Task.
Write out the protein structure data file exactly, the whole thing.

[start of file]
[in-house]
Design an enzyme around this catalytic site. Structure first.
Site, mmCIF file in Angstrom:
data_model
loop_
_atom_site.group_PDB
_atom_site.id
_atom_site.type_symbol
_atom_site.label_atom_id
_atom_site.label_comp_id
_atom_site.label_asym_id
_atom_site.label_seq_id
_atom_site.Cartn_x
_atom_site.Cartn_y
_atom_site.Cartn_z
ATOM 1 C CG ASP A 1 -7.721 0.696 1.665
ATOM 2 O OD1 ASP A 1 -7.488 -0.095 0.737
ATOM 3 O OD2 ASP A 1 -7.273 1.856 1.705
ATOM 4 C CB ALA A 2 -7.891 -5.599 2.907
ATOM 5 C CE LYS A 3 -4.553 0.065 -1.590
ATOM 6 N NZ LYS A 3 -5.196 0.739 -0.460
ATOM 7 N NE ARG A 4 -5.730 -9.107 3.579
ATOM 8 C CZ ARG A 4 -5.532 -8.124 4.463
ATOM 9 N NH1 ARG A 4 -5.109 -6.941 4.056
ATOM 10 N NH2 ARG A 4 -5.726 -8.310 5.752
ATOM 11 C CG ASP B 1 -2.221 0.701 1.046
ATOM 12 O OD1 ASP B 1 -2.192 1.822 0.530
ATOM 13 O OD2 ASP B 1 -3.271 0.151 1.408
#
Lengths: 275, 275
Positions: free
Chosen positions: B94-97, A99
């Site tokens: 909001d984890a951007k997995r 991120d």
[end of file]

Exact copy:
[in-house]
Design an enzyme around this catalytic site. Structure first.
Site, mmCIF file in Angstrom:
data_model
loop_
_atom_site.group_PDB
_atom_site.id
_atom_site.type_symbol
_atom_site.label_atom_id
_atom_site.label_comp_id
_atom_site.label_asym_id
_atom_site.label_seq_id
_atom_site.Cartn_x
_atom_site.Cartn_y
_atom_site.Cartn_z
ATOM 1 C CG ASP A 1 -7.721 0.696 1.665
ATOM 2 O OD1 ASP A 1 -7.488 -0.095 0.737
ATOM 3 O OD2 ASP A 1 -7.273 1.856 1.705
ATOM 4 C CB ALA A 2 -7.891 -5.599 2.907
ATOM 5 C CE LYS A 3 -4.553 0.065 -1.590
ATOM 6 N NZ LYS A 3 -5.196 0.739 -0.460
ATOM 7 N NE ARG A 4 -5.730 -9.107 3.579
ATOM 8 C CZ ARG A 4 -5.532 -8.124 4.463
ATOM 9 N NH1 ARG A 4 -5.109 -6.941 4.056
ATOM 10 N NH2 ARG A 4 -5.726 -8.310 5.752
ATOM 11 C CG ASP B 1 -2.221 0.701 1.046
ATOM 12 O OD1 ASP B 1 -2.192 1.822 0.530
ATOM 13 O OD2 ASP B 1 -3.271 0.151 1.408
#
Lengths: 275, 275
Positions: free
Chosen positions: B94-97, A99
């Site tokens: 909001d984890a951007k997995r 991120d």